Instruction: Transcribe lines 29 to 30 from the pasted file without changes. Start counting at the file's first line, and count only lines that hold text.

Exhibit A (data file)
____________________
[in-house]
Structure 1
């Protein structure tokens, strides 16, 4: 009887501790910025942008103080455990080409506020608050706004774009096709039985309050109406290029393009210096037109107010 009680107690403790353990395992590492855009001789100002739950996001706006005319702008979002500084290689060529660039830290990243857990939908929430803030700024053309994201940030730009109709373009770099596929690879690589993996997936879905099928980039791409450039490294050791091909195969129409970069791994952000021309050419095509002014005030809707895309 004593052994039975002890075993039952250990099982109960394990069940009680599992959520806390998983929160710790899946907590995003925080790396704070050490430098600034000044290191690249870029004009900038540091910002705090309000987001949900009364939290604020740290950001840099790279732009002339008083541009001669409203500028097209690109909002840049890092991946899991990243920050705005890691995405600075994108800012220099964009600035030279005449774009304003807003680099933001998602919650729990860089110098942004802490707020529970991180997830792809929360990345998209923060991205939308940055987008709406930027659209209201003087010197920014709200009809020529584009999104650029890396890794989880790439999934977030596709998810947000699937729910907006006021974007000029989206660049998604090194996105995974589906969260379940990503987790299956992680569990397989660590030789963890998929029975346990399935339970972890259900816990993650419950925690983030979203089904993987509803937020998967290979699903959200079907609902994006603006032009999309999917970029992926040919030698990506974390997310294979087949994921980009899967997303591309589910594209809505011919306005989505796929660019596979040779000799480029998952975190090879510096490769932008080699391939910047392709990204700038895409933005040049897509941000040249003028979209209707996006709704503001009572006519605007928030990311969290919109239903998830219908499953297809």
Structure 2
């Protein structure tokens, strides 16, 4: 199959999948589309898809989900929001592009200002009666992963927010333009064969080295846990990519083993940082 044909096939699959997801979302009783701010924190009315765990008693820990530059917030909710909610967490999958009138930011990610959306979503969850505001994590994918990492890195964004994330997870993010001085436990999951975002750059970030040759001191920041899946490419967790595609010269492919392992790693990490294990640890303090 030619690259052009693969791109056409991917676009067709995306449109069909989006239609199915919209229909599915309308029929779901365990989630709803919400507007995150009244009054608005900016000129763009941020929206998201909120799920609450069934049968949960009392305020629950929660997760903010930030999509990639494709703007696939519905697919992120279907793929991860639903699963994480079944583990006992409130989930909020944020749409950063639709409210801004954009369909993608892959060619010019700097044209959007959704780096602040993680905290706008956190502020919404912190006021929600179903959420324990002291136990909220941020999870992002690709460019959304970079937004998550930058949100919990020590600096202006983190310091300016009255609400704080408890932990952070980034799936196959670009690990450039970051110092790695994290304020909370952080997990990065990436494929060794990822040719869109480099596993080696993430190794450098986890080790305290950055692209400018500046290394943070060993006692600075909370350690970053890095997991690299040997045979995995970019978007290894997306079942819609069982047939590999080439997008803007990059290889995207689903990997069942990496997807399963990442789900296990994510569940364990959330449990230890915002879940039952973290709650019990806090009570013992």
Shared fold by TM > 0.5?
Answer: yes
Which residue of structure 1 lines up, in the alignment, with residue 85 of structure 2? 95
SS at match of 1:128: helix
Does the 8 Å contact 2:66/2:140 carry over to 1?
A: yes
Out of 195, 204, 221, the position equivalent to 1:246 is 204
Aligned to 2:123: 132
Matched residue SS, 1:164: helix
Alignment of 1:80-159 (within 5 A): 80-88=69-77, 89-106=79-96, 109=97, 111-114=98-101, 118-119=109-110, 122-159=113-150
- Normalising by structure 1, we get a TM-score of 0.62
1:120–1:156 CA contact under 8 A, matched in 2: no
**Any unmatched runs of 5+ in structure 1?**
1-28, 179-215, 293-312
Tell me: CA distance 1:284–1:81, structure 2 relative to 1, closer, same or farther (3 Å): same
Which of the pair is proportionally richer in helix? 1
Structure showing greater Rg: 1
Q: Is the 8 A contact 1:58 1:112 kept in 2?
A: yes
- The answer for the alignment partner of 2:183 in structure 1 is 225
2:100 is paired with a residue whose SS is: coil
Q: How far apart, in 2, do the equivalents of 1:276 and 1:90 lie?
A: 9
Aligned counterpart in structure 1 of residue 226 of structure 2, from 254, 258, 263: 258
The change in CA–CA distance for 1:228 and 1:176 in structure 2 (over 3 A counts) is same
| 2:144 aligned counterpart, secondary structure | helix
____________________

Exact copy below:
Aligned counterpart in structure 1 of residue 226 of structure 2, from 254, 258, 263: 258
The change in CA–CA distance for 1:228 and 1:176 in structure 2 (over 3 A counts) is same